Here’s something interesting. Getting a mortgage means taking on an enormous financial responsibility, and yet, homebuyers tend to settle for the first lender that crops up. In fact, according to the Consumer Financial Protection Bureau, close to half of homebuyers don’t shop around for the right lender. Kind of startling, right? Most of us are used to researching our options online when it comes to purchases like a new laptop or shoes. Why don’t we do the same for the right lender? The catch, of course, is using the web to our advantage – for research and to compare your options – and not getting sucked in to something that’s likely too good to be true. To that end, here’s what to know before you use an online mortgage lender.
On the Plus Side
You’ve probably seen the commercials for online lenders. They promise lower rates, faster timeframes, and easier approvals. And to a certain extent, these promises may be true.
They say: Lower rates and fees
Brick-and-mortar banks and lenders have to factor for overhead and other expenses. An online lender, on the other hand, may be able to pass along those savings with things like lower interest rates or fees. And over the life of your loan, those savings can really add up.
They say: Faster timeframes for approval
The online version of the home loan application process is designed to be simpler and less intimidating than meeting a lender face to face. Actually, that’s a big part of their appeal – with a smartphone and an internet connection, you can apply for a loan whenever and wherever you want.
By its very nature, seeking a loan online also cuts out things like in-person meetings and the chore of making hard copies of necessary paperwork, which must then be hand delivered or mailed. Again, the benefit here is the convenience factor and faster turnaround times.
They say: Easier approvals
Qualifying for conventional, FHA, VA, and USDA loans requires a minimum credit score for approval. But individual lenders – especially those online – may be more accommodating if your credit score is less than perfect (although interest rates will likely be sky-high).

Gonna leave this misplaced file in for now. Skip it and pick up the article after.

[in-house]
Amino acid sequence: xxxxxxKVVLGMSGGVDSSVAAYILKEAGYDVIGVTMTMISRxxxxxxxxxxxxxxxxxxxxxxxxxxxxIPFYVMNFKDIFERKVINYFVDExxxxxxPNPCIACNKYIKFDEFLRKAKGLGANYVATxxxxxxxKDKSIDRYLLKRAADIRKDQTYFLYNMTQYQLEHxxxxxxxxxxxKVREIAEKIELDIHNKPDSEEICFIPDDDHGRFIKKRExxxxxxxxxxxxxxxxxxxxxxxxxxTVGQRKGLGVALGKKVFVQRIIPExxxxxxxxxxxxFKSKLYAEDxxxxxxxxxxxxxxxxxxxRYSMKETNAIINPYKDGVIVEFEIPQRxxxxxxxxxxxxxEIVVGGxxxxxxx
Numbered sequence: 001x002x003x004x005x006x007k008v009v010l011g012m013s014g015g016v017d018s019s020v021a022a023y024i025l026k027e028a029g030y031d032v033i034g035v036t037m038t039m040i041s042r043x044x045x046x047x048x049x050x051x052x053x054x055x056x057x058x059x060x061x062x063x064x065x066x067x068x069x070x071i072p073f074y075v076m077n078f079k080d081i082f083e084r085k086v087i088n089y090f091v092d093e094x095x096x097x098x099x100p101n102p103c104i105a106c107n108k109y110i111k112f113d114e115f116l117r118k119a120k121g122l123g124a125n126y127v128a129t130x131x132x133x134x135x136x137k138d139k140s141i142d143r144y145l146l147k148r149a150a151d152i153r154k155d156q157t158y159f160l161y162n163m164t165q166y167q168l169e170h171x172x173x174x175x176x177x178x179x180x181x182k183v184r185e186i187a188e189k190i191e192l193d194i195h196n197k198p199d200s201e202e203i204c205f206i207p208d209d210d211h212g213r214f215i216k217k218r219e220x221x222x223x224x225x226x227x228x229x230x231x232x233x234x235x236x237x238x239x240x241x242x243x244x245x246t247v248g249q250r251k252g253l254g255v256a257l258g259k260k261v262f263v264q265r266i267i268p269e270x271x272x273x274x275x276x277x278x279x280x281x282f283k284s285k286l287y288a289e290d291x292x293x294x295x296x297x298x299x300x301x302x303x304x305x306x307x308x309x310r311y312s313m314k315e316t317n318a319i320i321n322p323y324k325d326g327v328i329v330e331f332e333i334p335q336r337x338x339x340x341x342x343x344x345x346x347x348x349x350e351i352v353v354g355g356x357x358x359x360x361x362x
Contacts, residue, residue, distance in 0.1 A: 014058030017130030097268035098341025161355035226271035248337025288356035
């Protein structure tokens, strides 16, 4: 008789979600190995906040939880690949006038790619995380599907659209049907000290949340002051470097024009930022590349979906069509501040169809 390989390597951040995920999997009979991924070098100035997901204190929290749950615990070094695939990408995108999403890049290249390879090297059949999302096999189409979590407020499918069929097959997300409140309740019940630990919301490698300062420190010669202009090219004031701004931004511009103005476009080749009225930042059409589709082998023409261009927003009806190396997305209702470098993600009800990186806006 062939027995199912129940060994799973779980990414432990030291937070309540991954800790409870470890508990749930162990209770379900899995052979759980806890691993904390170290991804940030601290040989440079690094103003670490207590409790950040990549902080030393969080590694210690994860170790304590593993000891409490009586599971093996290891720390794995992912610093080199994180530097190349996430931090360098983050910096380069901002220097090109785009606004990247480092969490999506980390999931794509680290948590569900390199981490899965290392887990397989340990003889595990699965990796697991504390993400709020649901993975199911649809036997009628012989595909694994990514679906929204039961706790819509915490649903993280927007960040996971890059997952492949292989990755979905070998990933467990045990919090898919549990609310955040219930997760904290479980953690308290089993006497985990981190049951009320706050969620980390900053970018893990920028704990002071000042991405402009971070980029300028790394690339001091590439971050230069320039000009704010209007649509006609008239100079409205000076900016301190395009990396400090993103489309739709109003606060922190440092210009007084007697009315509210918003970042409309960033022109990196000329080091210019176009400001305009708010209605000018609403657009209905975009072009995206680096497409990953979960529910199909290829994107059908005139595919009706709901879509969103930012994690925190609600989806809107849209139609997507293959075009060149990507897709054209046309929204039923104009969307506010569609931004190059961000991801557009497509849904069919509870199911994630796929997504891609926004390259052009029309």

But There are Drawbacks
Working with an online lender clearly has some benefits, but there are potential issues. The biggest issue is the increased risk of scams, fraud, or illegal business practices. You have to be absolutely certain that you’re dealing with a reputable company. And even if you find a company you trust, there are a few things you sacrifice for the convenience of online lenders.
Help When You Need It
You can get online 24 hours a day, but you may not be able to reach someone at your online loan company when you need it. There are lots of moving parts during this process – even the loan application form itself can be confusing – and an 800 number and call center may not offer the help you need. Make sure to get clear details about a lender’s availability and response time early in the process.
When you work with a local lender, like the Cushing Team here in Reno, you have someone to answer your questions, offer guidance and direction, and generally hold your hand during the entire home loan application process. Face-to-face meetings may take time, but they also build familiarity and camaraderie. Ask yourself how important it is to you to have someone you trust during this journey. Are you willing to give that up for convenience?
About those Lower Rates
It’s illegal – though still common – for online lenders to dangle exceptionally low rates as incentive for visitors to fill out a form and officially set the wheels in motion. Only after the application is submitted and your credit has been run do you find out that this special introductory rate isn’t available or you aren’t eligible.
And while online lenders are automatically associated with low rates, a brick-and-mortar lender is just as motivated to offer you the best rates too. A mortgage lender has the freedom to shop all kinds of different programs, and investors. You may be surprised at what they’re able to put together.
The Final Call
If your motivation for going after an online lender comes down to convenience and lower rates, consider what you’re willing to concede. After all, limited availability that potentially jeopardizes your entire deal kind of defeats the purpose of chasing those lower rates! Remember, buying a house in inherently stressful. A face-to-face relationship may offer the kind of reassurance and expertise you really need.